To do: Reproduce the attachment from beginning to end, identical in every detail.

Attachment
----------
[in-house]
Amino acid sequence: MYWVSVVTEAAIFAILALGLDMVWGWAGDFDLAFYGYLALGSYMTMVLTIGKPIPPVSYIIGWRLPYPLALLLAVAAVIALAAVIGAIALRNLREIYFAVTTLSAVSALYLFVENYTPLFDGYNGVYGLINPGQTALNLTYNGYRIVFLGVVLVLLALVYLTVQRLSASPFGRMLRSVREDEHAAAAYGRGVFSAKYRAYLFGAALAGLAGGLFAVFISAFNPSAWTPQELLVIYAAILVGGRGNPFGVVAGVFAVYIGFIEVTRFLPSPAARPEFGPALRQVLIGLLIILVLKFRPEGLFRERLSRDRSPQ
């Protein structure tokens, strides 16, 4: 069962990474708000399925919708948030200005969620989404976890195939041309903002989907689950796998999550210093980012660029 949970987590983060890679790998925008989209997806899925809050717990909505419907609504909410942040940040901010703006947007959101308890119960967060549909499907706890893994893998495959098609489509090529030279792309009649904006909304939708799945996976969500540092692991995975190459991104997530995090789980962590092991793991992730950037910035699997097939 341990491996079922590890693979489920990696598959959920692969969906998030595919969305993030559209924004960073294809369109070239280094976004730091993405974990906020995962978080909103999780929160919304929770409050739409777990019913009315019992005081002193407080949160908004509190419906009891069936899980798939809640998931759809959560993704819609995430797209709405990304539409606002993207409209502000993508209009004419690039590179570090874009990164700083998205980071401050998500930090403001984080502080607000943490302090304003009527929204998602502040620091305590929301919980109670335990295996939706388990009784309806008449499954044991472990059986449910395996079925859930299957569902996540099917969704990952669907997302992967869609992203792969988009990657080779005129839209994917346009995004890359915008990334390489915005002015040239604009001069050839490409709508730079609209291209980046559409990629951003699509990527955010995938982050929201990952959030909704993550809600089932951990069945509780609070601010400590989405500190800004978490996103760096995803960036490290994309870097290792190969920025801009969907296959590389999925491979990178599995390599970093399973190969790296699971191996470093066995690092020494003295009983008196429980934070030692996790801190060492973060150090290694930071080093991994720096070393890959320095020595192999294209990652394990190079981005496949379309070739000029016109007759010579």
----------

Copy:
[in-house]
Amino acid sequence: MYWVSVVTEAAIFAILALGLDMVWGWAGDFDLAFYGYLALGSYMTMVLTIGKPIPPVSYIIGWRLPYPLALLLAVAAVIALAAVIGAIALRNLREIYFAVTTLSAVSALYLFVENYTPLFDGYNGVYGLINPGQTALNLTYNGYRIVFLGVVLVLLALVYLTVQRLSASPFGRMLRSVREDEHAAAAYGRGVFSAKYRAYLFGAALAGLAGGLFAVFISAFNPSAWTPQELLVIYAAILVGGRGNPFGVVAGVFAVYIGFIEVTRFLPSPAARPEFGPALRQVLIGLLIILVLKFRPEGLFRERLSRDRSPQ
């Protein structure tokens, strides 16, 4: 069962990474708000399925919708948030200005969620989404976890195939041309903002989907689950796998999550210093980012660029 949970987590983060890679790998925008989209997806899925809050717990909505419907609504909410942040940040901010703006947007959101308890119960967060549909499907706890893994893998495959098609489509090529030279792309009649904006909304939708799945996976969500540092692991995975190459991104997530995090789980962590092991793991992730950037910035699997097939 341990491996079922590890693979489920990696598959959920692969969906998030595919969305993030559209924004960073294809369109070239280094976004730091993405974990906020995962978080909103999780929160919304929770409050739409777990019913009315019992005081002193407080949160908004509190419906009891069936899980798939809640998931759809959560993704819609995430797209709405990304539409606002993207409209502000993508209009004419690039590179570090874009990164700083998205980071401050998500930090403001984080502080607000943490302090304003009527929204998602502040620091305590929301919980109670335990295996939706388990009784309806008449499954044991472990059986449910395996079925859930299957569902996540099917969704990952669907997302992967869609992203792969988009990657080779005129839209994917346009995004890359915008990334390489915005002015040239604009001069050839490409709508730079609209291209980046559409990629951003699509990527955010995938982050929201990952959030909704993550809600089932951990069945509780609070601010400590989405500190800004978490996103760096995803960036490290994309870097290792190969920025801009969907296959590389999925491979990178599995390599970093399973190969790296699971191996470093066995690092020494003295009983008196429980934070030692996790801190060492973060150090290694930071080093991994720096070393890959320095020595192999294209990652394990190079981005496949379309070739000029016109007759010579």